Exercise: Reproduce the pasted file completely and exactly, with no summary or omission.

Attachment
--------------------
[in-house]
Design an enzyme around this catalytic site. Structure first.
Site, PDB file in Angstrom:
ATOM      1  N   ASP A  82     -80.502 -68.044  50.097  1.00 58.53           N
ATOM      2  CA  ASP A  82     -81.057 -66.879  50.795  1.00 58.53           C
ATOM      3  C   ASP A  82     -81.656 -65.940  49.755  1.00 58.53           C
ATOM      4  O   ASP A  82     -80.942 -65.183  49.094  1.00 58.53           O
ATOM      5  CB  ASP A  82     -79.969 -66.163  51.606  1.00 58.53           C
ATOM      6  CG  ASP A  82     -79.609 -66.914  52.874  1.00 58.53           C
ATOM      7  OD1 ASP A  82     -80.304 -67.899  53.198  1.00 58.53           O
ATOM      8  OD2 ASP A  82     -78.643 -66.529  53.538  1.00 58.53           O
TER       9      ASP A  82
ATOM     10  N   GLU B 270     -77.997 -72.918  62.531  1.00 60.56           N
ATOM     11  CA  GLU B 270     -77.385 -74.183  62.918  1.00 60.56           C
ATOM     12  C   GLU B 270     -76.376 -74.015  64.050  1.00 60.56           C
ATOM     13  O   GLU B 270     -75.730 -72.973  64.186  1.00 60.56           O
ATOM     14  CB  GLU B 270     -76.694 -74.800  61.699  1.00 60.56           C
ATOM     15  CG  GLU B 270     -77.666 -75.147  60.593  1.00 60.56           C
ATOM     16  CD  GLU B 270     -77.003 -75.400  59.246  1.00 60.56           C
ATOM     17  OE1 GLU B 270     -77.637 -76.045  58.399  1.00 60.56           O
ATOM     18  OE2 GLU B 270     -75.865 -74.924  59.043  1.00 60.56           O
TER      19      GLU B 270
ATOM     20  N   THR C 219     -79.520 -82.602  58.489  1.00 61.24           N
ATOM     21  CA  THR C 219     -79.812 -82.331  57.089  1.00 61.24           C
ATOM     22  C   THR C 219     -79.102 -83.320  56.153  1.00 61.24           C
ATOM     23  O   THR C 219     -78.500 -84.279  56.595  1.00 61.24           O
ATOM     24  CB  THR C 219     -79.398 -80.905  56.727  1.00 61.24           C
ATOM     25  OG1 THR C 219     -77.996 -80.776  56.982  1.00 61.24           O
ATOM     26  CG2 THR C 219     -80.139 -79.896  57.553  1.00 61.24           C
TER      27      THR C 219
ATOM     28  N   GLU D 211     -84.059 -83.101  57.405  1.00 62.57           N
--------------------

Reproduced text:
[in-house]
Design an enzyme around this catalytic site. Structure first.
Site, PDB file in Angstrom:
ATOM      1  N   ASP A  82     -80.502 -68.044  50.097  1.00 58.53           N
ATOM      2  CA  ASP A  82     -81.057 -66.879  50.795  1.00 58.53           C
ATOM      3  C   ASP A  82     -81.656 -65.940  49.755  1.00 58.53           C
ATOM      4  O   ASP A  82     -80.942 -65.183  49.094  1.00 58.53           O
ATOM      5  CB  ASP A  82     -79.969 -66.163  51.606  1.00 58.53           C
ATOM      6  CG  ASP A  82     -79.609 -66.914  52.874  1.00 58.53           C
ATOM      7  OD1 ASP A  82     -80.304 -67.899  53.198  1.00 58.53           O
ATOM      8  OD2 ASP A  82     -78.643 -66.529  53.538  1.00 58.53           O
TER       9      ASP A  82
ATOM     10  N   GLU B 270     -77.997 -72.918  62.531  1.00 60.56           N
ATOM     11  CA  GLU B 270     -77.385 -74.183  62.918  1.00 60.56           C
ATOM     12  C   GLU B 270     -76.376 -74.015  64.050  1.00 60.56           C
ATOM     13  O   GLU B 270     -75.730 -72.973  64.186  1.00 60.56           O
ATOM     14  CB  GLU B 270     -76.694 -74.800  61.699  1.00 60.56           C
ATOM     15  CG  GLU B 270     -77.666 -75.147  60.593  1.00 60.56           C
ATOM     16  CD  GLU B 270     -77.003 -75.400  59.246  1.00 60.56           C
ATOM     17  OE1 GLU B 270     -77.637 -76.045  58.399  1.00 60.56           O
ATOM     18  OE2 GLU B 270     -75.865 -74.924  59.043  1.00 60.56           O
TER      19      GLU B 270
ATOM     20  N   THR C 219     -79.520 -82.602  58.489  1.00 61.24           N
ATOM     21  CA  THR C 219     -79.812 -82.331  57.089  1.00 61.24           C
ATOM     22  C   THR C 219     -79.102 -83.320  56.153  1.00 61.24           C
ATOM     23  O   THR C 219     -78.500 -84.279  56.595  1.00 61.24           O
ATOM     24  CB  THR C 219     -79.398 -80.905  56.727  1.00 61.24           C
ATOM     25  OG1 THR C 219     -77.996 -80.776  56.982  1.00 61.24           O
ATOM     26  CG2 THR C 219     -80.139 -79.896  57.553  1.00 61.24           C
TER      27      THR C 219
ATOM     28  N   GLU D 211     -84.059 -83.101  57.405  1.00 62.57           N